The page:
The situation is a little more complex for employees, or anyone who has tax deducted at source. Often when such individuals discover that they are overpaying taxes through source deductions, it’s because other deductions which they claim on their return for the year — for expenditures like deductible support payments, child care expenses, or contributions to a registered retirement savings plan (RRSP) — aren’t taken into account in calculating the amount of tax to deduct at source. The solution for employees who find themselves in that situation is to file a Form T1213, Request to Reduce Tax Deductions at Source (available on the CRA website at with the CRA. On that form, the taxpayer identifies the amounts which will be deducted on the return for the year and, once the CRA verifies that those deductible expenditures are being made, it will authorize the taxpayer’s employer to reduce the amount of tax which is being withheld at source to take account of that deduction.

Where it’s the opposite situation and a taxpayer finds that source deductions being made will not be sufficient to cover his or her tax liability for the year (meaning a tax bill to be paid next spring) the solution is to have those source deductions increased. To do that, the employee needs to obtain a TD1A form for their province of residence for 2021, which is available on the CRA website at On the reverse side of that Form TD1, there is a section entitled “Additional tax to be deducted”, in which the employee can direct his or her employer to deduct additional amounts at source for income tax, and can specify the dollar amount which is to be deducted from each paycheque, on a going-forward basis.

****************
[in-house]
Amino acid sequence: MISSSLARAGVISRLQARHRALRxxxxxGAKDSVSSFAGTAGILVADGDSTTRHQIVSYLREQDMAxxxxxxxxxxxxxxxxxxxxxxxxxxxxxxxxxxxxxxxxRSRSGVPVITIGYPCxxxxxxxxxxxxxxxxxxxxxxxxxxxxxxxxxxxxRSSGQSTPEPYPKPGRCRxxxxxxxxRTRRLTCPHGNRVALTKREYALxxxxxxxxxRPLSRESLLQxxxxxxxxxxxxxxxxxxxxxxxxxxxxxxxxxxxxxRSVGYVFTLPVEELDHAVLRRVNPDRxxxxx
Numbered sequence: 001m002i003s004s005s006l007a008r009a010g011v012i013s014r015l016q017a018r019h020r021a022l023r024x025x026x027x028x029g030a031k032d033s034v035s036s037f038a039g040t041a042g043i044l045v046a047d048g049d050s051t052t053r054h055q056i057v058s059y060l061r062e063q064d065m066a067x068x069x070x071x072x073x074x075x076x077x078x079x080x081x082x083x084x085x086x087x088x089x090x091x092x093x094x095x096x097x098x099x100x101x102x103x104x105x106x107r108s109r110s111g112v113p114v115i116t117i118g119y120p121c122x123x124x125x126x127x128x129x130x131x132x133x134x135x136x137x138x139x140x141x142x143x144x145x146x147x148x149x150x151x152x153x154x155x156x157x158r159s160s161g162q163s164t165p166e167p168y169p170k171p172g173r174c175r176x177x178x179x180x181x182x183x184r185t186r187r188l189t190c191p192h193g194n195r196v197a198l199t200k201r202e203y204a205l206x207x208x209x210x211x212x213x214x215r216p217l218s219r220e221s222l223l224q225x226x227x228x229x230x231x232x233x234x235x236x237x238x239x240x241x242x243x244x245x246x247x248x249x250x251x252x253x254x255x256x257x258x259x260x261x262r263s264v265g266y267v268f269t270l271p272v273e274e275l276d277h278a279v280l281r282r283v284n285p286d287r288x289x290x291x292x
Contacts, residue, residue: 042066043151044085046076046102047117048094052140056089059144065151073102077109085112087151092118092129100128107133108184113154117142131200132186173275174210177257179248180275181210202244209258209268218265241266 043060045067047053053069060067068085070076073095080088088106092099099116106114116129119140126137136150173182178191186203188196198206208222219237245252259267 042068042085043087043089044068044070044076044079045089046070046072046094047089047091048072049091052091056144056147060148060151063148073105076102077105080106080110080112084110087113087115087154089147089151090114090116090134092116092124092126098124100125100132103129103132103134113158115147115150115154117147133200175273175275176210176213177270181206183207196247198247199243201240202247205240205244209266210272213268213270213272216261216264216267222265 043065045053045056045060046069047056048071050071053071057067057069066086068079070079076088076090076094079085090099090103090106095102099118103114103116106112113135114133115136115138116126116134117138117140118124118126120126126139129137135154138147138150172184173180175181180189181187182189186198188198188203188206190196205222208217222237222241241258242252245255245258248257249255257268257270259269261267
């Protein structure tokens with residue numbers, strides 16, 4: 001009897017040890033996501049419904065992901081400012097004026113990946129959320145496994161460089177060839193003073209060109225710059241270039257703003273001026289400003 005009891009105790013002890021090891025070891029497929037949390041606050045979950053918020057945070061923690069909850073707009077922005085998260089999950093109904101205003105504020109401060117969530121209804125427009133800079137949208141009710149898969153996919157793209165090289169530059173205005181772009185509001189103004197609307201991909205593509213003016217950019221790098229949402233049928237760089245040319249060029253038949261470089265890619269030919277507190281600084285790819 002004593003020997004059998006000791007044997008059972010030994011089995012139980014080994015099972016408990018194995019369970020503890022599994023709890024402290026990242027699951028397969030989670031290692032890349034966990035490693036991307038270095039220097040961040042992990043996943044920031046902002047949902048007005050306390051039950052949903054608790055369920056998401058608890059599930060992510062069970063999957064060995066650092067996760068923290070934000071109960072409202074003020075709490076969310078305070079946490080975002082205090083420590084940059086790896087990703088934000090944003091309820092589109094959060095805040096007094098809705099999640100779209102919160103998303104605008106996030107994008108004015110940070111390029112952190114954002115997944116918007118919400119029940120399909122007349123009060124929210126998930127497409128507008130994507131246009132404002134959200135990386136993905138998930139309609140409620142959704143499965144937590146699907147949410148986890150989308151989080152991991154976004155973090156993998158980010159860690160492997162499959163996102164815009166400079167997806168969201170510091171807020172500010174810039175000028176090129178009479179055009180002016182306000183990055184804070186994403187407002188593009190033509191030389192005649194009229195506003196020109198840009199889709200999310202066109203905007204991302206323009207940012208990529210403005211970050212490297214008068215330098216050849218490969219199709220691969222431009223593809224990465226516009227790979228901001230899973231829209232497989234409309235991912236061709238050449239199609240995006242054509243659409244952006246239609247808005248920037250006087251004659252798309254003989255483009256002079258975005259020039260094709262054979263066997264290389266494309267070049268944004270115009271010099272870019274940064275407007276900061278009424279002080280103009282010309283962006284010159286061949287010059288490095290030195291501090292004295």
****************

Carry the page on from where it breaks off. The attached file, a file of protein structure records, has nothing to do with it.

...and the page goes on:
A final note: while no one likes getting a tax bill, there are taxpayers who simply like getting a tax refund and overpay their taxes through the year to create that result. Some of them view that approach as a kind of “forced” savings plan, while others simply like the idea of getting money from the tax authorities. There is nothing inherently wrong with that approach, so long as the taxpayer understands that a tax refund is simply money which was always theirs and is simply being returned to them by the CRA (without interest). Those who would rather not loan money to the CRA interest-free and who don’t want to face a tax bill each spring can avoid both scenarios by investing a couple of hours of time and a little paperwork to ensure that this year’s tax payments are on track.